What has this got to do with “Good Germans?”  That’s the term sarcastically used to describe those Germans who stood by and did nothing to oppose what was happening all around them.  They remained passive and silent as their rights and the rights of their neighbors were trampled under jack-boots.  They were too respectable to run the risk of being called “low-life scum!”

Filling my pantry – the weekly checking in and checking out…

Brain Dropping #141

 
         Check-Out.  I shop at the supermarket once a week.  It takes me no more than 15 minutes because I avoid 99% of what is offered on their shelves in colorful, misleading packages, and head for the very small sections of certified organic products.  But before you beatify me as a Saint of Purity I must tell you that I’m a sucker for dark chocolate Kit-Kats.  For most other edibles I go to Rail City Market, a small whole foods store in downtown St. Albans.  For meat, raw milk, free range eggs, sauerkraut and Kim Chi I depend on my pal Doug Flack and the Flack Family Farm.  I, along with four or five others, volunteer once a week to help pack and label jars of sauerkraut and kimchi in what we call the “Sauerkraut Seminar,” a combination of packing, labeling and wide ranging discussions covering genetics, evolution, political philosophy, music, movies, the politics of food and anything else that pops into our heads – followed by a lunch featuring what we call “stinky cheeses” of which Doug is an aficionado.
        But I don’t mind going to the supermarket.  I often bump into acquaintances and neighbors, like the unmarried twin sisters behind the deli counter, who work a dairy farm just over the hill from me in Fairfield, and who supplement their dairy income by working part-time at the supermarket. And over the years I’ve gotten to know a few of the stock clerks who miraculously seem to know how to find a needle in a haystack.  One woman in particular, Denise, can zero in on any product amidst the eye-popping profusion of stuff demanding my attention – like a small jar of capers.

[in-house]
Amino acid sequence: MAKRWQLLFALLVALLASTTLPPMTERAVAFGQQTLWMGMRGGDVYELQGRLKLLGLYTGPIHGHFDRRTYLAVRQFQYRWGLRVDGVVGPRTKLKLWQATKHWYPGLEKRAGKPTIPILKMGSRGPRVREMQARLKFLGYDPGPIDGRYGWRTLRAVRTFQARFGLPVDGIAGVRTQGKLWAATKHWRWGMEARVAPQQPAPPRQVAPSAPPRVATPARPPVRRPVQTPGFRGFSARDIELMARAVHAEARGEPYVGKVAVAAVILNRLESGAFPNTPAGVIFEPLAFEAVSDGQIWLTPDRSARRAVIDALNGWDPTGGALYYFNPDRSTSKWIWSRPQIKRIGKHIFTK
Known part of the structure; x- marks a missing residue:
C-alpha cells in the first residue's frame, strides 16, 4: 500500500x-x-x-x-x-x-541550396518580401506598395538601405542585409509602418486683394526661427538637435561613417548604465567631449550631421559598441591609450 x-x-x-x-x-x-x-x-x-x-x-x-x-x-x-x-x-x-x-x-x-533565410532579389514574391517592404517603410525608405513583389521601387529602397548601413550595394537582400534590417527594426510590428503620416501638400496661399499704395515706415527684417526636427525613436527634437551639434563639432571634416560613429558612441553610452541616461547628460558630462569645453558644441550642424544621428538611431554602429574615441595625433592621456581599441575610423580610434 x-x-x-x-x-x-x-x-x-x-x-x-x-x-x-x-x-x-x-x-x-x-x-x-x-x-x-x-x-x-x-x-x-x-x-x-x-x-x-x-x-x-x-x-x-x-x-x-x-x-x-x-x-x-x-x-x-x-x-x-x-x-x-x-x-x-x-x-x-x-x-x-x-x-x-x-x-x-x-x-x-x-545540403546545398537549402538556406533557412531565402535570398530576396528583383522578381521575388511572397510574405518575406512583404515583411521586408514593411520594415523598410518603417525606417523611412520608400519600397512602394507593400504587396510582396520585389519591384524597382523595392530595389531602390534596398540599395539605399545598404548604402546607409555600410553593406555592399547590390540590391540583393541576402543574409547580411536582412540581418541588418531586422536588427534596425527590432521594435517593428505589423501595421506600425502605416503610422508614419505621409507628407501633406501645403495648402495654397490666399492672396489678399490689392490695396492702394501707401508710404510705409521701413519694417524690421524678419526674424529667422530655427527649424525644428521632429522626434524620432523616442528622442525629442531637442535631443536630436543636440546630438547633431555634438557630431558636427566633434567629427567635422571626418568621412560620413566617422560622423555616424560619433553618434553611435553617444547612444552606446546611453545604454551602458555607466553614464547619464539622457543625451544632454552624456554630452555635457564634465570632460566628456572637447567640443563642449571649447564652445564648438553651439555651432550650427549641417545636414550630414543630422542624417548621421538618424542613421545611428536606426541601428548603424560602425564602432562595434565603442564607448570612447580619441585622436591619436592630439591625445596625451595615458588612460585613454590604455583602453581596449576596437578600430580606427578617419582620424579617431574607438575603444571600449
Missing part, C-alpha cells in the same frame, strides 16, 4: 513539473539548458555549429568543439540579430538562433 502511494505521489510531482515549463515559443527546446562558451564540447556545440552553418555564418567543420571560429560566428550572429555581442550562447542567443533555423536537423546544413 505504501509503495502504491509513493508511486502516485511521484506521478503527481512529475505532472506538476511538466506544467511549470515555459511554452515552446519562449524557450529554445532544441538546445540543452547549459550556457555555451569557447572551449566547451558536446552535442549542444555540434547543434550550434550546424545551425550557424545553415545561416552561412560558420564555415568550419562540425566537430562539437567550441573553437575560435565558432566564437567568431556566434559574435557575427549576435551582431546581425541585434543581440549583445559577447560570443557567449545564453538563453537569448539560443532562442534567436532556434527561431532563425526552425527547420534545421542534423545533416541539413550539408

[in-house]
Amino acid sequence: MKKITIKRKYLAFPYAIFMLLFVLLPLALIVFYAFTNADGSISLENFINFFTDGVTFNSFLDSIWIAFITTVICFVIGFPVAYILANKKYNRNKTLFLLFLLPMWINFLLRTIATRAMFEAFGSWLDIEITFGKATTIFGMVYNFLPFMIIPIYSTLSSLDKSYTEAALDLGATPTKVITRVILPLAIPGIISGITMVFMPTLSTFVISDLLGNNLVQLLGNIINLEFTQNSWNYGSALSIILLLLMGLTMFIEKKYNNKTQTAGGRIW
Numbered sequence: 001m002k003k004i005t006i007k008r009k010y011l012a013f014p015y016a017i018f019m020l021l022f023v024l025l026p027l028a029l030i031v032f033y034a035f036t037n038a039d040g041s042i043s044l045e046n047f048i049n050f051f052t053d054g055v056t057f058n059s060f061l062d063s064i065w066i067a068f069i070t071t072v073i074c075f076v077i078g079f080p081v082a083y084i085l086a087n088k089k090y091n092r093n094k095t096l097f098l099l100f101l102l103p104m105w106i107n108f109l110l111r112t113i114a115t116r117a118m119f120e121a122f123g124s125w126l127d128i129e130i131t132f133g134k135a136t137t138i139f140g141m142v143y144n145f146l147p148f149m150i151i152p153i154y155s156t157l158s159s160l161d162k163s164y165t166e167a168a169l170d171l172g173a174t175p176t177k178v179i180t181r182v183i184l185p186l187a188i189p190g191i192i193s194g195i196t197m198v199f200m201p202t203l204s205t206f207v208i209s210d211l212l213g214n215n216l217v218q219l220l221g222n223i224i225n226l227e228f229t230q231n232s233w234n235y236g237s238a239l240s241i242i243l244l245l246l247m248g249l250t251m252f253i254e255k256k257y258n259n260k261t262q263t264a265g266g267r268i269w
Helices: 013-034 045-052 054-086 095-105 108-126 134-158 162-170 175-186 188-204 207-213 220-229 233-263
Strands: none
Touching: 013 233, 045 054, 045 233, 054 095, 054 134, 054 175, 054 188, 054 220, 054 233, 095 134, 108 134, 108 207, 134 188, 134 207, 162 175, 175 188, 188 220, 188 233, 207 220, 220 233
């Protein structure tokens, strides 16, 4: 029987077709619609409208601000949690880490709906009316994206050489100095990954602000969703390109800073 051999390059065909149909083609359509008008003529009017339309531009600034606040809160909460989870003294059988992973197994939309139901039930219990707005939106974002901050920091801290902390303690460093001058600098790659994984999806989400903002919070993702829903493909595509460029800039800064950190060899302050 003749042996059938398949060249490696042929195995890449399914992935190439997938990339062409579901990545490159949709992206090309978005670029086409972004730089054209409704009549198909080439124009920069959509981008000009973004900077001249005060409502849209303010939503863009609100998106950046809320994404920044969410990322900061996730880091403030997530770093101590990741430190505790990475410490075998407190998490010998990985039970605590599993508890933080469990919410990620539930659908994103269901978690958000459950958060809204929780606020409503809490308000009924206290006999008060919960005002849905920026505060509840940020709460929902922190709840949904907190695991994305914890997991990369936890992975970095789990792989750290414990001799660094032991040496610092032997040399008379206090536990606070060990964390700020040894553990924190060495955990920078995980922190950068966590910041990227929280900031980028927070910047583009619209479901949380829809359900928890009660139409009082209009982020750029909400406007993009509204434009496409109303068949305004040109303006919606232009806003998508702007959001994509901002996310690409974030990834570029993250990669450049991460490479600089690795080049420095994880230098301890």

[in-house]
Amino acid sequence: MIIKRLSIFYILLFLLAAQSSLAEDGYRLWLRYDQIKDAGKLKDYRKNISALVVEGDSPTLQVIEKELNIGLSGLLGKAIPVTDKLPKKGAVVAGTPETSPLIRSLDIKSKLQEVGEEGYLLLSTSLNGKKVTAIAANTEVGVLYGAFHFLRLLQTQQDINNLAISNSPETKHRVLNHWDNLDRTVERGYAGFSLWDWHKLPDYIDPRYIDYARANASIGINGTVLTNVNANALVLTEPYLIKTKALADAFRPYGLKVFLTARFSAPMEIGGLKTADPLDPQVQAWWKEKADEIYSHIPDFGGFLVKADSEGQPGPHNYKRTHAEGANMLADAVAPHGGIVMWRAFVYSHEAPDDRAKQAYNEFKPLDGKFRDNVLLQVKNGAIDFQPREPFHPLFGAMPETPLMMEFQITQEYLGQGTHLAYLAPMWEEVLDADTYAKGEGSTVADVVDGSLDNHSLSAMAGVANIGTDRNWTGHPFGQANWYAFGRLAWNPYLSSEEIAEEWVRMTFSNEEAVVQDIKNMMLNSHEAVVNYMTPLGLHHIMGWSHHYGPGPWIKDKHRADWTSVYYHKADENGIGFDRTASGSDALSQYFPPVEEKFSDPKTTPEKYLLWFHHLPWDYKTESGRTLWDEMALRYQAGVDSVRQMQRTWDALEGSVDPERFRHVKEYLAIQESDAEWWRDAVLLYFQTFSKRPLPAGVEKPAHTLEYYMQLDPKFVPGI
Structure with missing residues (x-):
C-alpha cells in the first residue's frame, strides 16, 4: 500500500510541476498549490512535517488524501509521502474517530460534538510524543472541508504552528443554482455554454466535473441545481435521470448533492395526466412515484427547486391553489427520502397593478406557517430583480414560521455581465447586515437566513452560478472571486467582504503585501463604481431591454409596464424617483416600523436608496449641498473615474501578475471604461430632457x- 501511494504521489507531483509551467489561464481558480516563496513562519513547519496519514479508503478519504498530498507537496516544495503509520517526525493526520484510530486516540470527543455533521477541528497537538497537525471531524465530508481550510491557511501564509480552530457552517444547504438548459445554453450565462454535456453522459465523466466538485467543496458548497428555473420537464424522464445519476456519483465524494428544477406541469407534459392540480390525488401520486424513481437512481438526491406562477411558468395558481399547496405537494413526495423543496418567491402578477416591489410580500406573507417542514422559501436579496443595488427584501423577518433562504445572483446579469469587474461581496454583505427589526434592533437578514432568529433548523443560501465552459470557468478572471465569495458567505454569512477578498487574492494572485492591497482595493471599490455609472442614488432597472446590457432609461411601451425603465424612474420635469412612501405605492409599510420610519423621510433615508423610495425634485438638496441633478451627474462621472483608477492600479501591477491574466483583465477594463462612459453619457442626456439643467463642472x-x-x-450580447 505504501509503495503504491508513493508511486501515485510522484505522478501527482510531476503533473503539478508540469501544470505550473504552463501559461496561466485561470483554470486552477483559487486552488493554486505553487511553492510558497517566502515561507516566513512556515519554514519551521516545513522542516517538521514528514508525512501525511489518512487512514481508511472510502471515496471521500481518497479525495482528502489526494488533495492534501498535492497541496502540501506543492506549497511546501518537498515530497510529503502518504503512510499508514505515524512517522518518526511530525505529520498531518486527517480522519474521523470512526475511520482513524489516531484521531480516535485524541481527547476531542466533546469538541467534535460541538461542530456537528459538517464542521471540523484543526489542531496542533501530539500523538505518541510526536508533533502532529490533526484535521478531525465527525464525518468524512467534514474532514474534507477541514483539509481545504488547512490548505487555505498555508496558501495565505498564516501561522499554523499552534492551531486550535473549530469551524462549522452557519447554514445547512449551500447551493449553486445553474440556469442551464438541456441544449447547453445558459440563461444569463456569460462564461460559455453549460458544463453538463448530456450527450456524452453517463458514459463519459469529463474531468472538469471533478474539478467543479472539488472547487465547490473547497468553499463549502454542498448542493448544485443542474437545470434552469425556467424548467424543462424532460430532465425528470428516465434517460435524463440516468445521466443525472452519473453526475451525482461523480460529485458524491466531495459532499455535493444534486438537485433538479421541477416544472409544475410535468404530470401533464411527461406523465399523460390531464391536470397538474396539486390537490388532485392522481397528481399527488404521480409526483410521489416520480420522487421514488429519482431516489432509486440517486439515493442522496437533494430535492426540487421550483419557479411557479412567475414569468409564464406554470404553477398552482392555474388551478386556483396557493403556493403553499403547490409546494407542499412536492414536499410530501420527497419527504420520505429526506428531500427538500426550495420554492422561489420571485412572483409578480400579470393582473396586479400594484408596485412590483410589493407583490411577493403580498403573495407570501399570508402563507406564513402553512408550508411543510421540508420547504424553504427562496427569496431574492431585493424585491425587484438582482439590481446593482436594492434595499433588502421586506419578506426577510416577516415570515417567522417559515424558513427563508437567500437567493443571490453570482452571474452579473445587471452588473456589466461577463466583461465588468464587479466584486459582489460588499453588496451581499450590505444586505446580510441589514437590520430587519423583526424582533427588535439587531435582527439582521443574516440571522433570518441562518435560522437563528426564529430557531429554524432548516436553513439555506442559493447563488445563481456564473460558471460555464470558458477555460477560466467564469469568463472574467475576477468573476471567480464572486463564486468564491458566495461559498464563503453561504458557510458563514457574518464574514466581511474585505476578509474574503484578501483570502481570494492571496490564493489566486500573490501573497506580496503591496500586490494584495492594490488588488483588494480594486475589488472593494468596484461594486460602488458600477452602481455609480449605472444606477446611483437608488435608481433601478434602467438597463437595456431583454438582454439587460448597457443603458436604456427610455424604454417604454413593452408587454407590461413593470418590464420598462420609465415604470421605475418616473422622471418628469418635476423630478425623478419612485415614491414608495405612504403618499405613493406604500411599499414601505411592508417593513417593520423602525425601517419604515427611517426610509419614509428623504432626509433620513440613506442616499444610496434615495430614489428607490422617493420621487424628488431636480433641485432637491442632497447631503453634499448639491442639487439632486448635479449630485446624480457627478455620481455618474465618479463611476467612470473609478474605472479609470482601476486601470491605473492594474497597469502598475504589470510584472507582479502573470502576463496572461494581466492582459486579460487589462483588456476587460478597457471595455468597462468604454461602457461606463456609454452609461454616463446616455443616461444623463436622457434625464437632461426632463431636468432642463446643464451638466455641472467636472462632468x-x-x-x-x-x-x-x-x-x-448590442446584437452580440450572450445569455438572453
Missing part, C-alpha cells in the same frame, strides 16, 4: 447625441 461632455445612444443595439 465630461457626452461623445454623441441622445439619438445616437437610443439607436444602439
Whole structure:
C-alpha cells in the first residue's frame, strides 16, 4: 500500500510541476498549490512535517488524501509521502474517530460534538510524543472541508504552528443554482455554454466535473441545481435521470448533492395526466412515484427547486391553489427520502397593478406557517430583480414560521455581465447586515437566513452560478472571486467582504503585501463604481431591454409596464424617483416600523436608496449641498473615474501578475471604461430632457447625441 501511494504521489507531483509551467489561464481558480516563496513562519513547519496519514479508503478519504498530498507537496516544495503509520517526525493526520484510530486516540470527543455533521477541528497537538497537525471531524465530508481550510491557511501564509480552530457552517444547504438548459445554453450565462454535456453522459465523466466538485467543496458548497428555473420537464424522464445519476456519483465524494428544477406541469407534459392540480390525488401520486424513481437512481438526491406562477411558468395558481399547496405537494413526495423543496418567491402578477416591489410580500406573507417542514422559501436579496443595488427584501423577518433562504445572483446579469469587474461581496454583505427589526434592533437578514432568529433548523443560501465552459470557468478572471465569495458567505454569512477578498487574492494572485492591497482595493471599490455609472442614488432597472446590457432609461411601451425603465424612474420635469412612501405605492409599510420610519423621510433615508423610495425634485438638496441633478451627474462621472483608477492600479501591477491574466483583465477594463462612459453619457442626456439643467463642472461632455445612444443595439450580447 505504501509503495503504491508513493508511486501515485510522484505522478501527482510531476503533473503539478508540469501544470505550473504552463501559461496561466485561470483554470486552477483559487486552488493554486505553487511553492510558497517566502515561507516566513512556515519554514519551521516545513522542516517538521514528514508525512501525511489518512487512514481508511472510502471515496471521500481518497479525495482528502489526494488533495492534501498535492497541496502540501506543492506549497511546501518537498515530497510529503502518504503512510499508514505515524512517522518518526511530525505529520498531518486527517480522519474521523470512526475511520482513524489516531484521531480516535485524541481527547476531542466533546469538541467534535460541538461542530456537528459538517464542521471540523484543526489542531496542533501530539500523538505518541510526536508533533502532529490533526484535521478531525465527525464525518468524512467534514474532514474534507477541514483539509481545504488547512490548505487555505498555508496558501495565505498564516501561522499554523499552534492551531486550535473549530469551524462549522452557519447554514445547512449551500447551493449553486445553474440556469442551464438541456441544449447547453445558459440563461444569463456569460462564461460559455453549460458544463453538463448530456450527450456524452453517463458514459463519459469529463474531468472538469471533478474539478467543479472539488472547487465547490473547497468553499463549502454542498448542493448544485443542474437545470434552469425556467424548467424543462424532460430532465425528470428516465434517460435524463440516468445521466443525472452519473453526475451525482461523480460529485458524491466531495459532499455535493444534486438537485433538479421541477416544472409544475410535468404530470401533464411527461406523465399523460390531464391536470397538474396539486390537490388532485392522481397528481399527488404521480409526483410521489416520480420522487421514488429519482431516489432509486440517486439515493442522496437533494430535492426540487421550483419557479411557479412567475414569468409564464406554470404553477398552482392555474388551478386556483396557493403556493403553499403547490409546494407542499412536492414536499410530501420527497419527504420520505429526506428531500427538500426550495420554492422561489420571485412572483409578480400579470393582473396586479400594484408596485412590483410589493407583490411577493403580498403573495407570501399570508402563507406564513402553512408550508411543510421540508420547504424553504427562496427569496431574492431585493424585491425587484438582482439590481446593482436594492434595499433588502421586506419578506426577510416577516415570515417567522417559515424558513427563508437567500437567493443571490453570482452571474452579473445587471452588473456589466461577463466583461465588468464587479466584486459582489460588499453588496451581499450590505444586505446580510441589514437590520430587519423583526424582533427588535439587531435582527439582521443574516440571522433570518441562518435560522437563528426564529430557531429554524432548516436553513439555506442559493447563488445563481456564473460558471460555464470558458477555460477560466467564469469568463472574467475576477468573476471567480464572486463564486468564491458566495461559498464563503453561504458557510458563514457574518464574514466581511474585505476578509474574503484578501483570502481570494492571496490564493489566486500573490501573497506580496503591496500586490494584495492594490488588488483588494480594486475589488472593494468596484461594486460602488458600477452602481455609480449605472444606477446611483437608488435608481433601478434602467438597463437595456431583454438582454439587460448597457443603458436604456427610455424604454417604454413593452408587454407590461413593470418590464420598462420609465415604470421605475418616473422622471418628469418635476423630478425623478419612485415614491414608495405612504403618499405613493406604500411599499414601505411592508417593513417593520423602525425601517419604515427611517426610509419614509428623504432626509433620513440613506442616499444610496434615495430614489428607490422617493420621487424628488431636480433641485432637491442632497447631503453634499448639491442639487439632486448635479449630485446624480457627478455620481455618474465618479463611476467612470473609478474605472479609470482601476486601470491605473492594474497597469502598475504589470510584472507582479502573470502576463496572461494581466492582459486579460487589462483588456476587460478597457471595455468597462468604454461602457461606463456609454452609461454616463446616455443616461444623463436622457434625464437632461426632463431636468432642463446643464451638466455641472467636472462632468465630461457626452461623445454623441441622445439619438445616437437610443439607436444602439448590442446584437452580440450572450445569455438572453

I also enjoy engaging the check-out clerks.  Most of them, girls and boys, just out of high school, but some are middle-aged women who, I imagine, are part of a two-wage-earner couple trying to get by on the minimum wage.  I always try to get beyond the routine “How are you doing today” with some comment or another, usually about the coming snow storm, or staying warm, or the dreaded possibility of pipes freezing. They all wear name tags – Claire – Carol – Roberta – John.  John is blind.  He’s a bagger.  I would guess that he’s in his late fifties, tall with gray hair, his telescoping walking-cane lying alongside the counter.  Very often I’ll bag my own groceries in my own cloth bags, just to hurry things along, but when John is bagging I keep my distance.  He’s quick and can determine soft from hard items and the order of their packing by running his fingers over the counter.  From time to time the woman at the cash register will call out a clue about what’s coming down the line: “Eggs coming John!” or “Glass jar!”   Without fail, watching their teamwork brings with it a warm feeling that stays with me as I roll my cart out into the frigid air.    

In praise of Hillary Hahn

Brain Dropping #139

 
         I just made a new friend – Alexander Glazunov’s Violin Concerto.  I never heard it before I got it on You Tube with the remarkable young violinist Hillary Hahn.  May I prescribe it for a touch of the Mid-Winter blues? https://www.youtube.com/watch?v=igqj4lAV6UY   Glazunov  was a student of Rimsky-Korsakov and is best known for his “Seasons” and the  “Saxophone Concerto.”
             This performance is wonderfully filmed with striking close-ups of Ms. Hahn’s fingering.  This always blows me away – how does she know where to place her fingers on the fretless fingerboard?   For me, compared to the guitar, the violin is like being set adrift on a limitless sea of possibility.  My guitar has  brass frets that demarcate a forgiving zone so you don’t have to be that precise in striking the note as you press down and the string engages the fret. You can be a little sloppy and get away with it. But the fretless fingerboard is unforgiving – a millimeter off and the note is sharp or flat.  And here is Hillary Hahn, in Glazunov’s scherzo movement, zipping up and down the fingerboard with precision and at lightening speed with an expression on her face of fretless calm – even serenity.
             I know that’s why you must begin very early on in learning the fiddle so that you develop what is commonly called “muscle memory.”   I read a more scientific explanation of this seemingly preternatural ability called “myelination.”  “Myelination is the process by which a fatty layer, called myelin, accumulates around nerve cells (neurons).  Myelin enables nerve cells to transmit information faster and allows more complex brain processes.  Myelination begins in infancy and continues into adulthood.  During the tween years, myelination particularly occurs in the frontal lobe and facilitates cognitive development..”